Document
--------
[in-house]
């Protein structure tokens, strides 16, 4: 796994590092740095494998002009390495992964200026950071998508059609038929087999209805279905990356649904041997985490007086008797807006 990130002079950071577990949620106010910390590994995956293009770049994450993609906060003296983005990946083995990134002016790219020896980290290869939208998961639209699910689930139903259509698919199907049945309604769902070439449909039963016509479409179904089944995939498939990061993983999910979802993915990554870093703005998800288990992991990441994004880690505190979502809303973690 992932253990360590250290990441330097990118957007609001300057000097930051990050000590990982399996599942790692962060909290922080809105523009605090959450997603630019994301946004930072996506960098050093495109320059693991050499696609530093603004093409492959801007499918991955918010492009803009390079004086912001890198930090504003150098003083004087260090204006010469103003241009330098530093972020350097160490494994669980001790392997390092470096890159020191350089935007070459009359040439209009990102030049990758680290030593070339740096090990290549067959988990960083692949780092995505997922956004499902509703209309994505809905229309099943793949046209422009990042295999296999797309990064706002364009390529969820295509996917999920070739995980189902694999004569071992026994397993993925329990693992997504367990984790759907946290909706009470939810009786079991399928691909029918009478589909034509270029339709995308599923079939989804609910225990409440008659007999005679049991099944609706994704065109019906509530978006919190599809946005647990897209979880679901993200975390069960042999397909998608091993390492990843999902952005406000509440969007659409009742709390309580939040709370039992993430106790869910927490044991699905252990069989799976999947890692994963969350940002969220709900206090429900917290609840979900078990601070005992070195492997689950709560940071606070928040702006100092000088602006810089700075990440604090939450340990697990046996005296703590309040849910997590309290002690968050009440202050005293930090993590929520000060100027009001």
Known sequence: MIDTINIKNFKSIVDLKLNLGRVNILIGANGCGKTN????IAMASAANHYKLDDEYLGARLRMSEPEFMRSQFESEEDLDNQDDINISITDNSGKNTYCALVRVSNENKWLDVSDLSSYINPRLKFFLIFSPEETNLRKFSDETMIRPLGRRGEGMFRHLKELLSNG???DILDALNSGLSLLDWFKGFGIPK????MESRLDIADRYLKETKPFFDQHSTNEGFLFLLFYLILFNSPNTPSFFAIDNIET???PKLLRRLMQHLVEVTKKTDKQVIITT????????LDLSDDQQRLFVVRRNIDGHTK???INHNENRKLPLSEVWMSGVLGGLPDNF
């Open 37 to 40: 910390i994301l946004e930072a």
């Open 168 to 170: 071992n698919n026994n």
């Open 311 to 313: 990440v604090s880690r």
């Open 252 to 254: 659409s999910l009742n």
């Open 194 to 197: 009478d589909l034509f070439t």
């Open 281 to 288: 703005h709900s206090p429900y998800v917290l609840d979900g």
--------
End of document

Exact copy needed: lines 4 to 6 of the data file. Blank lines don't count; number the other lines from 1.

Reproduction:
């Open 37 to 40: 910390i994301l946004e930072a």
């Open 168 to 170: 071992n698919n026994n």
């Open 311 to 313: 990440v604090s880690r």